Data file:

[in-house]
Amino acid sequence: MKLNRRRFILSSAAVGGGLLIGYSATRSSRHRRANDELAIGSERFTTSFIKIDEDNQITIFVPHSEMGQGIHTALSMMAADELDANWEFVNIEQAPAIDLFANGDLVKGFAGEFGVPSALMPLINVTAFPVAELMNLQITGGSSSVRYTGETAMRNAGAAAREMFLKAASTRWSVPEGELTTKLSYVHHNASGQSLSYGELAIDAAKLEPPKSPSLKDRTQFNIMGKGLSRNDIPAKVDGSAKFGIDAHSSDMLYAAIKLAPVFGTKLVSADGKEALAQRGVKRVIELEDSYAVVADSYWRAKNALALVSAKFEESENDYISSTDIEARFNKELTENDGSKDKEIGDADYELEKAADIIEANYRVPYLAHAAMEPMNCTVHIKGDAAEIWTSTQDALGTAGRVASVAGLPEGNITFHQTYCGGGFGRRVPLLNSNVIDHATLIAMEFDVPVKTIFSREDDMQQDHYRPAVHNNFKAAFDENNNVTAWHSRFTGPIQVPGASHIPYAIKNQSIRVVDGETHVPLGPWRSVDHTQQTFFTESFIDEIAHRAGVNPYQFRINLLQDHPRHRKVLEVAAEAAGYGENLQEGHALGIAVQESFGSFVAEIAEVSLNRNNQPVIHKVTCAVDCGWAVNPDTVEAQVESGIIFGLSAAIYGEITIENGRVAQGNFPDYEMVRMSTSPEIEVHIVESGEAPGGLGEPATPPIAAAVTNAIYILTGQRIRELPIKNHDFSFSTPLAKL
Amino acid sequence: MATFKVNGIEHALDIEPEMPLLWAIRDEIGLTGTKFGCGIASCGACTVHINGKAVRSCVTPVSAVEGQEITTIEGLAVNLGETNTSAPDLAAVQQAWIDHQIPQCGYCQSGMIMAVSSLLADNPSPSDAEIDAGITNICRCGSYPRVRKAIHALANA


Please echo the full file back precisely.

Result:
[in-house]
Amino acid sequence: MKLNRRRFILSSAAVGGGLLIGYSATRSSRHRRANDELAIGSERFTTSFIKIDEDNQITIFVPHSEMGQGIHTALSMMAADELDANWEFVNIEQAPAIDLFANGDLVKGFAGEFGVPSALMPLINVTAFPVAELMNLQITGGSSSVRYTGETAMRNAGAAAREMFLKAASTRWSVPEGELTTKLSYVHHNASGQSLSYGELAIDAAKLEPPKSPSLKDRTQFNIMGKGLSRNDIPAKVDGSAKFGIDAHSSDMLYAAIKLAPVFGTKLVSADGKEALAQRGVKRVIELEDSYAVVADSYWRAKNALALVSAKFEESENDYISSTDIEARFNKELTENDGSKDKEIGDADYELEKAADIIEANYRVPYLAHAAMEPMNCTVHIKGDAAEIWTSTQDALGTAGRVASVAGLPEGNITFHQTYCGGGFGRRVPLLNSNVIDHATLIAMEFDVPVKTIFSREDDMQQDHYRPAVHNNFKAAFDENNNVTAWHSRFTGPIQVPGASHIPYAIKNQSIRVVDGETHVPLGPWRSVDHTQQTFFTESFIDEIAHRAGVNPYQFRINLLQDHPRHRKVLEVAAEAAGYGENLQEGHALGIAVQESFGSFVAEIAEVSLNRNNQPVIHKVTCAVDCGWAVNPDTVEAQVESGIIFGLSAAIYGEITIENGRVAQGNFPDYEMVRMSTSPEIEVHIVESGEAPGGLGEPATPPIAAAVTNAIYILTGQRIRELPIKNHDFSFSTPLAKL
Amino acid sequence: MATFKVNGIEHALDIEPEMPLLWAIRDEIGLTGTKFGCGIASCGACTVHINGKAVRSCVTPVSAVEGQEITTIEGLAVNLGETNTSAPDLAAVQQAWIDHQIPQCGYCQSGMIMAVSSLLADNPSPSDAEIDAGITNICRCGSYPRVRKAIHALANA